Legislative session

Coralie Carlson

Still recovering from Gov. Jesse Ventura’s inauguration ceremony, legislators continued the pomp and celebrations Tuesday for the opening day of the session.
But this time children lined the hallways, replacing the national media crews from the day before, and families of new senators and representatives took the place of former governors and movie stars.
The Senate met for less than an hour to elect chamber officials; the House — now under Republican control — convened for nearly two hours, swearing in 21 new members and electing Republican leaders.
While reception lines and party invitations filled most of the day, soon legislators and University officials will buckle down to more serious tasks — like determining the fate of the University’s biennial budget request.
University officials are asking the state for a $198.9 million increase in their two-year budget, bringing the total budget to $1.283 billion.
The increase would fund new programs like expanding the honors freshman seminar courses to include all freshmen. Other initiatives subsidize health professional education and provide basic upkeep for classrooms.
But Ventura and the new Republican House leadership are pushing for a tax break and elementary education programs, which could drain the fund before the University gets a turn.
“There will be a scramble for funding for new programs,” admitted Sen. LeRoy Stumpf, DFL-Thief River Falls. Stumpf chairs the committee that funds higher education.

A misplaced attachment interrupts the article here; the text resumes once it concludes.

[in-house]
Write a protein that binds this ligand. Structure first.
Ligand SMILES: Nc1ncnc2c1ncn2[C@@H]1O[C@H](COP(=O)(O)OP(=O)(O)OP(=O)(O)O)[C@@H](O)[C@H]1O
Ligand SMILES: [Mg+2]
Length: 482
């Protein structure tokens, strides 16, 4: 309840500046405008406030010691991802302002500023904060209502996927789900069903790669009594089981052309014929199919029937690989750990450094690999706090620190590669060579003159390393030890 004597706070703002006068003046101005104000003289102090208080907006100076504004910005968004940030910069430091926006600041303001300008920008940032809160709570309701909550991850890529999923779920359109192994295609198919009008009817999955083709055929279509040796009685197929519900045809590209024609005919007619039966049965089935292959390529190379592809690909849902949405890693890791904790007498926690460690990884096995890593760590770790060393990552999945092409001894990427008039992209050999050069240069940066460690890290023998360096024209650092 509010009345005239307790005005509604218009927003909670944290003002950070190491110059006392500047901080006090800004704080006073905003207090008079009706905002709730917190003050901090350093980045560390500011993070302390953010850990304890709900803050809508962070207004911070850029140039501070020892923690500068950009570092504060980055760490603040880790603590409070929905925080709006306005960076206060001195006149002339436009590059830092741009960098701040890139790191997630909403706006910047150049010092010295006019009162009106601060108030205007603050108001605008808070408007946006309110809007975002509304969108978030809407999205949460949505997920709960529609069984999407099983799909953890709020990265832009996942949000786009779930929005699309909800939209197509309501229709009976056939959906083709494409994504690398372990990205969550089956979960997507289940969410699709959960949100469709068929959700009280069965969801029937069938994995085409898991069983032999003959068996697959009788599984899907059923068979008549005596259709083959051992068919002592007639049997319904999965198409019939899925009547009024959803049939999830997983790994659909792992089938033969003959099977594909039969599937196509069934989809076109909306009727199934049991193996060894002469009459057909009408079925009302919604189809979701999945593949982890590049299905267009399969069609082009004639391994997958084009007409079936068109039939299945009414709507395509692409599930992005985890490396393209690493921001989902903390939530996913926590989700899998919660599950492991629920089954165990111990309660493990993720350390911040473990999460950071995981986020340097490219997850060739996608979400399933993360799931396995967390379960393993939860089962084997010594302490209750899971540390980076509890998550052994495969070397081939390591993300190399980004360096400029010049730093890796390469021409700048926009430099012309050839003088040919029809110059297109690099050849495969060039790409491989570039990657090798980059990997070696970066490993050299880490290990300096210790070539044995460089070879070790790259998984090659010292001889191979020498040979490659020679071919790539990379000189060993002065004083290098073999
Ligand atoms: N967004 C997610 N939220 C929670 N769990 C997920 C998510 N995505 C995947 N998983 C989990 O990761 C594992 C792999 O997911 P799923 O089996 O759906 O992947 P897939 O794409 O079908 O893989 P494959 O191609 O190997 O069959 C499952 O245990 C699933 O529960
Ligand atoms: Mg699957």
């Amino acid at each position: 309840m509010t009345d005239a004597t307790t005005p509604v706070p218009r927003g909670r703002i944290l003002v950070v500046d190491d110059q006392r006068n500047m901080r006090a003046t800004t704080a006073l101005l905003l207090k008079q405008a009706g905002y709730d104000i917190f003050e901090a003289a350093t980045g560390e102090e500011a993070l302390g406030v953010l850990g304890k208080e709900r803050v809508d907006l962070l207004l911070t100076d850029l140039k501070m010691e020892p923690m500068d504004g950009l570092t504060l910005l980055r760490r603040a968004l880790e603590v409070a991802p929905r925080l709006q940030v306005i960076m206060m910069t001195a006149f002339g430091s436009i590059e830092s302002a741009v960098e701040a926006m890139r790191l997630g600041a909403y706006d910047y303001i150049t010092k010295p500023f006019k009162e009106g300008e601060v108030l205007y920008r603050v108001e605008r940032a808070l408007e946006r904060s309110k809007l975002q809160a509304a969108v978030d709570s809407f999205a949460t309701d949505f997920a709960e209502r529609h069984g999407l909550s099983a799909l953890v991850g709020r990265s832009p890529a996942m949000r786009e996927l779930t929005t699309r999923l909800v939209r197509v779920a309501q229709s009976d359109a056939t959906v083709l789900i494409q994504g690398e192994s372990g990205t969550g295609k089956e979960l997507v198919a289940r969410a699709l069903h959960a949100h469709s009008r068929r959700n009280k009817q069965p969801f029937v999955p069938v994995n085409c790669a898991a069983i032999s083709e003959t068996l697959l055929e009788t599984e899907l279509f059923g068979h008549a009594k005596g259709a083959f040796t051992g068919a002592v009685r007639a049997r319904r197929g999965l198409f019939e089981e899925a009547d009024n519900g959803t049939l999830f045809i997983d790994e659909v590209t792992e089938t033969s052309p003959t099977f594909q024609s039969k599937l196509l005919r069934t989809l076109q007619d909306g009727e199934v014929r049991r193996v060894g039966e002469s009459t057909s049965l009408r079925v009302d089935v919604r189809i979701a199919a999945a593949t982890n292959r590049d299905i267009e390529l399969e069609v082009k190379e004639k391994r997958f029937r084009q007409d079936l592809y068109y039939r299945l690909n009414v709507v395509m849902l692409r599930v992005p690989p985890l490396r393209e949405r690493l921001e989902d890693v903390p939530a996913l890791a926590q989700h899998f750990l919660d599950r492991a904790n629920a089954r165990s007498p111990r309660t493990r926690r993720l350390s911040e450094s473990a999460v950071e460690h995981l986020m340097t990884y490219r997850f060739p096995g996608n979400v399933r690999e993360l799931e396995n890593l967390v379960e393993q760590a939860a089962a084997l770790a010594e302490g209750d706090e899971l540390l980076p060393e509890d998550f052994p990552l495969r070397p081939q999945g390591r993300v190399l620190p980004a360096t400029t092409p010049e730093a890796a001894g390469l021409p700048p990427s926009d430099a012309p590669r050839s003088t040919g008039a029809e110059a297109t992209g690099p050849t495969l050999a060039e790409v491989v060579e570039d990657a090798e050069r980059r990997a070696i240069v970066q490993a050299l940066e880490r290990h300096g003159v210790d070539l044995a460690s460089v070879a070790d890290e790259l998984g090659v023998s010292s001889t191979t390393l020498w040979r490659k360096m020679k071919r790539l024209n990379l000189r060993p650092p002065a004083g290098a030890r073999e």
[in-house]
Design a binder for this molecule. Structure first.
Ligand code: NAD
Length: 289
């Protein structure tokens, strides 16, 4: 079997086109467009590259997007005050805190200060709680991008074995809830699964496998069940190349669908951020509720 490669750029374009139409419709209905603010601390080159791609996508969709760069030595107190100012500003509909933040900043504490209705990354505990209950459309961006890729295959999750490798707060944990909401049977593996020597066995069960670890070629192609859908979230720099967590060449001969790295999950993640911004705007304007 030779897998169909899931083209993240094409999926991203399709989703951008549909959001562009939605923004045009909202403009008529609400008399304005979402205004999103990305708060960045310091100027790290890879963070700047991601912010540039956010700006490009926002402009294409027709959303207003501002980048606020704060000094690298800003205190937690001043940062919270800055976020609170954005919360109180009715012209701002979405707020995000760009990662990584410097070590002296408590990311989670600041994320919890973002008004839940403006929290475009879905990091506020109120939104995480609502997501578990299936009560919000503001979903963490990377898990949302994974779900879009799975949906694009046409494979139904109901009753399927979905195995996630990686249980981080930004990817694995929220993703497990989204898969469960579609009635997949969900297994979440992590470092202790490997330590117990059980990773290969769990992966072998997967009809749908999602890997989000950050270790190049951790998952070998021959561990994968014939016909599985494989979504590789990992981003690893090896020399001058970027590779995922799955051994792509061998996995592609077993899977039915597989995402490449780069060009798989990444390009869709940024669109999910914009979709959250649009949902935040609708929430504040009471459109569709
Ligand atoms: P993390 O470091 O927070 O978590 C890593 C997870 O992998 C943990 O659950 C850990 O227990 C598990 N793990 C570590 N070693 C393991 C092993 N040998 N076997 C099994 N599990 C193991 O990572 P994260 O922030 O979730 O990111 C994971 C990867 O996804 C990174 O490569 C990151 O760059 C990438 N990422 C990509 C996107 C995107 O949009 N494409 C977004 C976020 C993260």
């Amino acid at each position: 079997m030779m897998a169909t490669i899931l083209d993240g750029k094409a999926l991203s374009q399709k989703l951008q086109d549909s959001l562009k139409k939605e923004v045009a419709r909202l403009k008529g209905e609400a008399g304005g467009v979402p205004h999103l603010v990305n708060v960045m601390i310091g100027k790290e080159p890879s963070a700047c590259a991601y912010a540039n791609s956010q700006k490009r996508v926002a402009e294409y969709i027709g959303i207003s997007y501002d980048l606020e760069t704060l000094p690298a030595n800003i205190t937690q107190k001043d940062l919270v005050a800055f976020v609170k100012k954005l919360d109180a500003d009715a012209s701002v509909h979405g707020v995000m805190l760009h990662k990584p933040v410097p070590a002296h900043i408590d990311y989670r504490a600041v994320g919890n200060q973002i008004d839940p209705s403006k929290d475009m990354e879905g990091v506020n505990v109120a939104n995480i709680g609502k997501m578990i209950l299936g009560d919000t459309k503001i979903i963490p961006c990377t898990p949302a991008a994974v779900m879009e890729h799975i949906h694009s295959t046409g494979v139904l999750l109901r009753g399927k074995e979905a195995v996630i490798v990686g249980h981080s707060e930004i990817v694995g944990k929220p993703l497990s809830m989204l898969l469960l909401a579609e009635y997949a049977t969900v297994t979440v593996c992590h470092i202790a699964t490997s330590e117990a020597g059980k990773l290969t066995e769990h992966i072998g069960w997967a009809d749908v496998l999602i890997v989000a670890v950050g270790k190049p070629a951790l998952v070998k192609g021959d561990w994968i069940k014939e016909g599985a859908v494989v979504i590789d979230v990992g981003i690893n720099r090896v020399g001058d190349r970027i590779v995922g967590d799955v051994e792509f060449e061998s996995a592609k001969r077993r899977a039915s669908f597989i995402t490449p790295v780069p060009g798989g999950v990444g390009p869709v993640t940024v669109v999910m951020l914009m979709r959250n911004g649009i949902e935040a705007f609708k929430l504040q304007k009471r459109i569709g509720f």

“That doesn’t mean we’re going to underfund higher education,” Stumpf explained, saying that the University’s base funding is enough to support the institution without the new programs.
He said he would like to see more programs to help graduate students pay for school and a continued commitment to keeping tuition low across the board. Also, the University will be more likely to receive funds if administrators develop ways to prove that the money helps students and the community, he added.
But Stumpf’s staff said his committee, which will draft the Senate version of the University’s allotment, won’t start crunching numbers until Ventura presents his budget. The governor’s budget should be out by the end of January.
While Ventura has not given his official position on the University’s budget, he told hundreds of students on campus Tuesday that he supports higher education very strongly.
Likewise, Lt. Gov. Mae Schunk voiced her support.
“We will work very hard for the purposes of education all over Minnesota, and that includes higher education,” she said.
Since elementary education has become an emphasis for the administration under Schunk — a former teacher — teacher training programs at the University may get a boost, she said.
“This is all kind of rising to the surface,” Stumpf said.
On the House side, Rep. Peggy Leppik, R-Golden Valley, the new chairwoman of the higher education funding committee, said she plans to start as soon as next week.
Leppik acknowledged the need to stretch state funds, but said higher education would not be ignored.
“We do not serve the state by squeezing them,” Leppik said. “I think there’s a very deep understanding and a lot of support that our University systems be top notch.”